Book Rec for Self-Publishers

I decided not to take my computer on my trip last week which gave me plenty of time on the way there and back to do some catch-up reading. (I tend to still read physical books more than ebooks so all the ebooks I end up acquiring here or there just sit on my ereader unread for ages.)

One that I think I received free via Wharton was called The Shopping Revolution by Barbara E. Kahn. (That’s an affiliate link, FYI, but you can just search for it as well.)

As someone who uses Amazon to sell my products it was a really interesting read. There’s a lot of discussion in indie world about how Amazon should police its store for copyright violations or people who trade and republish the same material, etc. etc. but what this book makes clear is that Amazon doesn’t give a flying you-know-what about any of that.

Turns out they have a stated approach of not taking any responsibility for knock-off products being sold on their site. (Yet another reason for me as a consumer to not shop there anymore, after having bought brand-name products that didn’t seem to be the same as the ones I had bought in physical stores. Now I know why.)

It also makes it very clear that Amazon believes in differentiating itself on low pricing. So for all us who bemoan Amazon’s many ways of controlling pricing, that’s a deliberate strategy on their part. The fact that they skew payouts to drive ebook prices below $10 for self-publishing is not going to change anytime soon. (Which sucks, quite frankly, and is why I chose not to list the ebook version of Excel Essentials for sale on Amazon.)

Anyway. About a third of the book is devoted to an in depth discussion and analysis of Amazon and I think it’s well worth reading if you’re going to do business with Amazon, which, as a self-publisher, is pretty much impossible to avoid.

Life Changes on a Dime

I’m sitting here watching the “blizzard” outside my window. Welcome to March in Colorado. I suspect I’ll lose at least one tree limb before this all out but I’m not willing to venture out into that mess to knock the snow off the trees just now.

Five days ago I was in New Zealand. It was seventy degrees (Fahrenheit), I was sitting next to a lake eating yummy fish and chips, and recharging after far too long of going going going non-stop.

Quite the contrast.

That difference–and the fact that I was in NZ to visit a very close friend who is two years into dealing with a cancer diagnosis–has me all philosophical today.

In my friend’s case they were dragging for a while before the diagnosis, but there was one day when it all flipped for them. When that “gosh I’m tired” feeling turned into “there is something really serious wrong with me and I need to stop right now and find out exactly what it is.” (Brain tumors will do that to you, you know?)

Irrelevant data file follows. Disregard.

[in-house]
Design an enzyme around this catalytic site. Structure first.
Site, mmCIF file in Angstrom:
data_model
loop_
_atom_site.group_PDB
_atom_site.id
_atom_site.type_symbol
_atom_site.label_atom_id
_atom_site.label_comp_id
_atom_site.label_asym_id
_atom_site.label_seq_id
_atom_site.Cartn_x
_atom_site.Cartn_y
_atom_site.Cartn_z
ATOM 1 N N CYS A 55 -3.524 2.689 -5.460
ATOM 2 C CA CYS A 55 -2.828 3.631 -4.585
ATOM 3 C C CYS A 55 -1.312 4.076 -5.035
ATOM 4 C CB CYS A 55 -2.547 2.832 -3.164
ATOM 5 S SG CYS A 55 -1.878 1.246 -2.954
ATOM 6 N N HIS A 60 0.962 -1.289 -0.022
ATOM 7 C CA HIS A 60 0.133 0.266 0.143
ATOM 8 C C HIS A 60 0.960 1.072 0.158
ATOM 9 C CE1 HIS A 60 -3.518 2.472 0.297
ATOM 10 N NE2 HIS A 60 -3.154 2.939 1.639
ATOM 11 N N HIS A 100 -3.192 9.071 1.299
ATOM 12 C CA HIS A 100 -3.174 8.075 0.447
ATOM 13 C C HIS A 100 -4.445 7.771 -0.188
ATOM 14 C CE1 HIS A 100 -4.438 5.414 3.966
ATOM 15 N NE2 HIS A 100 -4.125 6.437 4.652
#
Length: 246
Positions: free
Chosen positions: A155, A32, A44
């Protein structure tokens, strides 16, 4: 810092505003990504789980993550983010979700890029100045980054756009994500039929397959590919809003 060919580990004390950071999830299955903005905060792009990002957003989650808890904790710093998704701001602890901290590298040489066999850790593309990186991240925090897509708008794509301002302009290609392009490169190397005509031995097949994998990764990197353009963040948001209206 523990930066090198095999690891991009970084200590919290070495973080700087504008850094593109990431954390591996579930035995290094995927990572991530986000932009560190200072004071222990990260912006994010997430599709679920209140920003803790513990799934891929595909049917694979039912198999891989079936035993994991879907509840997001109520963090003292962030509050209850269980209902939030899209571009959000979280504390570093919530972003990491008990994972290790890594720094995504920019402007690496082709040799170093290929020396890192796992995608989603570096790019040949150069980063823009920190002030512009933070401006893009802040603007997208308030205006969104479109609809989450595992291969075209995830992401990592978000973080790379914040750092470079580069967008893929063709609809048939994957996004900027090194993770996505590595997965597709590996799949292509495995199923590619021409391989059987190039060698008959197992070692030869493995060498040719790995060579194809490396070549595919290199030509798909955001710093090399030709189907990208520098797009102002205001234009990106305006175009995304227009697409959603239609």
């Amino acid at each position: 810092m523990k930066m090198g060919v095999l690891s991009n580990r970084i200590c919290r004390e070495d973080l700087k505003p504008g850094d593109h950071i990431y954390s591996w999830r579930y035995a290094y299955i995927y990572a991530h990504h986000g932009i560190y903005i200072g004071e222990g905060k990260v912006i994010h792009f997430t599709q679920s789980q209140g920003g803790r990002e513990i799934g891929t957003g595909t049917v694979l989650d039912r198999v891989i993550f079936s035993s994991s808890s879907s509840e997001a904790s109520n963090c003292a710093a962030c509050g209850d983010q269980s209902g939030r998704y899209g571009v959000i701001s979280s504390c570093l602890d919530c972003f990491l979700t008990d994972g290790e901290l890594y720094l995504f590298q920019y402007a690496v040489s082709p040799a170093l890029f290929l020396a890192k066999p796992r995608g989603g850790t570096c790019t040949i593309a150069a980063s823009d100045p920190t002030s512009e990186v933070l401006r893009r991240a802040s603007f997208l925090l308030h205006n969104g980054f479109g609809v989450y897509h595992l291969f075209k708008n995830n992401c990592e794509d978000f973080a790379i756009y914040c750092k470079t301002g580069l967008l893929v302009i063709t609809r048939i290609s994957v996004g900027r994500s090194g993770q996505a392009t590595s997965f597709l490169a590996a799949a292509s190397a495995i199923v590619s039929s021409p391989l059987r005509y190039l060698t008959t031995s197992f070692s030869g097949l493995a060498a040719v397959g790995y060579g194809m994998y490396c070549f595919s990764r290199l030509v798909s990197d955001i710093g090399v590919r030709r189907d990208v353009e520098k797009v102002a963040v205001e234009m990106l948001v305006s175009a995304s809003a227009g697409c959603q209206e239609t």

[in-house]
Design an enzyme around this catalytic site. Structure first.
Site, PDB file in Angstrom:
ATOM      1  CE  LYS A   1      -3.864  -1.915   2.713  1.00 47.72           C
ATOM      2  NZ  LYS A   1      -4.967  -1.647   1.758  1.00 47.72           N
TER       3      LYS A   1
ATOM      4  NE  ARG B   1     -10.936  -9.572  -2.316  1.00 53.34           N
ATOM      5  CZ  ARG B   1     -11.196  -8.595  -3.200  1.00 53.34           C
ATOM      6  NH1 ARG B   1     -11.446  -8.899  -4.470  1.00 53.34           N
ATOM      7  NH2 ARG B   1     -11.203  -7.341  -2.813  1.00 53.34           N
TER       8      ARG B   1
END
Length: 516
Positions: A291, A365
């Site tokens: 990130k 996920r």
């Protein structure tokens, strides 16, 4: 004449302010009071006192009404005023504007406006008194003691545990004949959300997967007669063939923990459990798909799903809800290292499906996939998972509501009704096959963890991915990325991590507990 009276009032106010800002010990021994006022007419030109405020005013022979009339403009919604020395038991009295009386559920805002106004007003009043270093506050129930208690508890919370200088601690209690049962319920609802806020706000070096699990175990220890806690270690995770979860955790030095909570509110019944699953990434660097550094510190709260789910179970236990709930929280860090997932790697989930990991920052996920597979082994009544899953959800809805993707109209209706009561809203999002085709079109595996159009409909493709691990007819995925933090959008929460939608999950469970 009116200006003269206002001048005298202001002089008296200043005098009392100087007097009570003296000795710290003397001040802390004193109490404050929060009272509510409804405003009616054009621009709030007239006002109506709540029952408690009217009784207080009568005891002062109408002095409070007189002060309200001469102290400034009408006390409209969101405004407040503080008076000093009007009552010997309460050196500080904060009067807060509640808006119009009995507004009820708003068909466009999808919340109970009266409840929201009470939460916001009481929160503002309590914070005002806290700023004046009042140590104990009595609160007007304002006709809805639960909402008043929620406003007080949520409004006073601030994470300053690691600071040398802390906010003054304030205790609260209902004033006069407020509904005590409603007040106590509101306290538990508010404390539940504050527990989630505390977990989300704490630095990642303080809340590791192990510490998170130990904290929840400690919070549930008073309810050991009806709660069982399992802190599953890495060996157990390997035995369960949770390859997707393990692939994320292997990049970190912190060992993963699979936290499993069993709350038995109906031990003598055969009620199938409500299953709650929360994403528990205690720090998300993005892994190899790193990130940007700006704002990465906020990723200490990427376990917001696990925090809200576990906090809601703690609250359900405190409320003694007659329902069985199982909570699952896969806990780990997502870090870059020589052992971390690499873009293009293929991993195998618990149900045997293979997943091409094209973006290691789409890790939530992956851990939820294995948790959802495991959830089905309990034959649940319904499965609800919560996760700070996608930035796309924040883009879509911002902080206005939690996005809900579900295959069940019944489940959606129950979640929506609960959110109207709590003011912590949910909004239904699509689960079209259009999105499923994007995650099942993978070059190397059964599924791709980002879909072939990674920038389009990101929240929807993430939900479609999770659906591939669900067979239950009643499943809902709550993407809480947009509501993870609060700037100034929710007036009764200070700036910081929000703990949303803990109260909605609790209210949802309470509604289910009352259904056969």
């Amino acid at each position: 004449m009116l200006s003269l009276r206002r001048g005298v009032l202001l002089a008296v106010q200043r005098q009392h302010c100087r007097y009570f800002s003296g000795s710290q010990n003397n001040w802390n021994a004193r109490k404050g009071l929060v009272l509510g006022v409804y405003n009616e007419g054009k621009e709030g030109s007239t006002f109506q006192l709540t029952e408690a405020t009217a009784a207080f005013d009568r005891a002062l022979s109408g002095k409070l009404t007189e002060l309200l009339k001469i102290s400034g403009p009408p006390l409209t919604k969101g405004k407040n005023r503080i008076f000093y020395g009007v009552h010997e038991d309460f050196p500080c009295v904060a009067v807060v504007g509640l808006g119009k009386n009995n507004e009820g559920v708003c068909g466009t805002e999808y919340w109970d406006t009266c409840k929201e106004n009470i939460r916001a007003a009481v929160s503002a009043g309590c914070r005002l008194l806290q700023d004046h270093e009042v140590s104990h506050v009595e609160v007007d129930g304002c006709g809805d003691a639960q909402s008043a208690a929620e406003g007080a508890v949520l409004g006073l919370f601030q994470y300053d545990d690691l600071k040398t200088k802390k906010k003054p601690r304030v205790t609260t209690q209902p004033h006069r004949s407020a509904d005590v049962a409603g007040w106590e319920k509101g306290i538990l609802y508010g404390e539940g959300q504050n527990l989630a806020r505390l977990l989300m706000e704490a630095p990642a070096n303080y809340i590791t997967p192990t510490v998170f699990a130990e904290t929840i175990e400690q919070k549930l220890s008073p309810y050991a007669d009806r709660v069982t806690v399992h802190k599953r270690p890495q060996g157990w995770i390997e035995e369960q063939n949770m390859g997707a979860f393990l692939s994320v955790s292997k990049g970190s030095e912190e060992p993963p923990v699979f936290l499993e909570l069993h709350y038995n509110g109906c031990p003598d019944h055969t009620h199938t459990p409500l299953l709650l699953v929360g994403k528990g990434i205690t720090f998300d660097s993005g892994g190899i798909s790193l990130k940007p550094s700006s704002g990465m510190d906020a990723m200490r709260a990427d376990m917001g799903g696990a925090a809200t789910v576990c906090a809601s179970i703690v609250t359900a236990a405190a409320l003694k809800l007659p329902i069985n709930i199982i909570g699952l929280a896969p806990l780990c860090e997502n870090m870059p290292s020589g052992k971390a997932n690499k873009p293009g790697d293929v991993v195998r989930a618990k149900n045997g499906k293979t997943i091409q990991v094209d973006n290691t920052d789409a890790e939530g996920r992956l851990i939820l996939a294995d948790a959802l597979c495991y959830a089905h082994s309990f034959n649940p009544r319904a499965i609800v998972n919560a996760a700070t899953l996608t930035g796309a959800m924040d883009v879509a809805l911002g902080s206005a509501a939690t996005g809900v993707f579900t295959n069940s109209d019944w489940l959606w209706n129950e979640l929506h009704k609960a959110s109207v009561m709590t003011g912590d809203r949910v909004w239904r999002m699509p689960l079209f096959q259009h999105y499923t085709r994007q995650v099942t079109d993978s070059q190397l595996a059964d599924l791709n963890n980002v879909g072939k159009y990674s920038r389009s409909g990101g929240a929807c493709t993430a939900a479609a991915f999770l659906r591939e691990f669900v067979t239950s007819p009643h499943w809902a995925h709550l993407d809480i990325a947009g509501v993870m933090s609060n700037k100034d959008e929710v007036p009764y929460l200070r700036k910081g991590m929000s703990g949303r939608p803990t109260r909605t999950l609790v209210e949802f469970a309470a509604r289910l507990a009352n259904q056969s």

Just like that they found themselves living an entirely new life.

Of course, illness is a weird thing. Two years ago my friend didn’t think they’d make it six months. And I went to visit now because my friend is probably about to start round three of treatments. I could no longer be sure they’d be here next year when I was planning to go to NZ for Worldcon. So I went now.

And I went expecting, I don’t know, someone who was struggling? Someone who was scared? Someone who was demonstrably ill? (I know this person better than that, but it’s easy to project your own feelings onto someone else’s experience.)

I found someone who was definitely changed from who they’d been seven years ago when I saw them last–they can’t take part of your cerebellum and not have some impact–but I didn’t find someone who you’d think was dying.

I was only there 29 hours (crazy, I know), but I’m glad I went. It was perfect timing in so many ways.

My friend has a new scan on Monday. It may mean new drugs and new treatments. A month from now they may be that struggling and scared person I thought I’d find.

Or not. Life’s funny that way. Maybe I’ll get to visit again next July.

That’s the thing about life. You really, truly don’t know what tomorrow will bring. You can guess, and you’ll probably be right a lot of the time, but one moment can change it all.

One flip of that coin and tomorrow can be better (or worse) (or both at the same time) by magnitudes. That’s what keeps it interesting, right? Always something new around the bend.